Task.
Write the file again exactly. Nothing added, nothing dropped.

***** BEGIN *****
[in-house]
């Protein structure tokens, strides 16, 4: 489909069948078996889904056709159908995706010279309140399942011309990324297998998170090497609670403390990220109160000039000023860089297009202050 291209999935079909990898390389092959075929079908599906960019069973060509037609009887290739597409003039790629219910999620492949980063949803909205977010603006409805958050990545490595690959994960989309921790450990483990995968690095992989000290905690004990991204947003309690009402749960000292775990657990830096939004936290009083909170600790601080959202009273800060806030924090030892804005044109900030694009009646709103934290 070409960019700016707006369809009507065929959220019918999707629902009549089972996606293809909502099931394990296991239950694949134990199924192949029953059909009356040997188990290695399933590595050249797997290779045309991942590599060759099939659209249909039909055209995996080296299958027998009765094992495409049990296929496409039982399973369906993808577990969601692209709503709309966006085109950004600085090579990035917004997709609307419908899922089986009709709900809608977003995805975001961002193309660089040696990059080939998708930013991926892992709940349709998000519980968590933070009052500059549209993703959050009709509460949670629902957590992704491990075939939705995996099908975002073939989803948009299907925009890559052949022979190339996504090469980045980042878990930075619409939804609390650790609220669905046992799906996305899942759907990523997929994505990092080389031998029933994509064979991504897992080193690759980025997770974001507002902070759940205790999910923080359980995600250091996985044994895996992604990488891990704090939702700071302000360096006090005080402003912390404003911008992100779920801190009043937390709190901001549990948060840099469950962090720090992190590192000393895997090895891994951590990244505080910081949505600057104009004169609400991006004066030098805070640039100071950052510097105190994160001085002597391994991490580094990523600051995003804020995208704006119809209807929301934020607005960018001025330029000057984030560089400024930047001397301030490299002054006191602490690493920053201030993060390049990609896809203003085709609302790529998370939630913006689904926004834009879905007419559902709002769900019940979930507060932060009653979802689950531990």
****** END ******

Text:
[in-house]
């Protein structure tokens, strides 16, 4: 489909069948078996889904056709159908995706010279309140399942011309990324297998998170090497609670403390990220109160000039000023860089297009202050 291209999935079909990898390389092959075929079908599906960019069973060509037609009887290739597409003039790629219910999620492949980063949803909205977010603006409805958050990545490595690959994960989309921790450990483990995968690095992989000290905690004990991204947003309690009402749960000292775990657990830096939004936290009083909170600790601080959202009273800060806030924090030892804005044109900030694009009646709103934290 070409960019700016707006369809009507065929959220019918999707629902009549089972996606293809909502099931394990296991239950694949134990199924192949029953059909009356040997188990290695399933590595050249797997290779045309991942590599060759099939659209249909039909055209995996080296299958027998009765094992495409049990296929496409039982399973369906993808577990969601692209709503709309966006085109950004600085090579990035917004997709609307419908899922089986009709709900809608977003995805975001961002193309660089040696990059080939998708930013991926892992709940349709998000519980968590933070009052500059549209993703959050009709509460949670629902957590992704491990075939939705995996099908975002073939989803948009299907925009890559052949022979190339996504090469980045980042878990930075619409939804609390650790609220669905046992799906996305899942759907990523997929994505990092080389031998029933994509064979991504897992080193690759980025997770974001507002902070759940205790999910923080359980995600250091996985044994895996992604990488891990704090939702700071302000360096006090005080402003912390404003911008992100779920801190009043937390709190901001549990948060840099469950962090720090992190590192000393895997090895891994951590990244505080910081949505600057104009004169609400991006004066030098805070640039100071950052510097105190994160001085002597391994991490580094990523600051995003804020995208704006119809209807929301934020607005960018001025330029000057984030560089400024930047001397301030490299002054006191602490690493920053201030993060390049990609896809203003085709609302790529998370939630913006689904926004834009879905007419559902709002769900019940979930507060932060009653979802689950531990």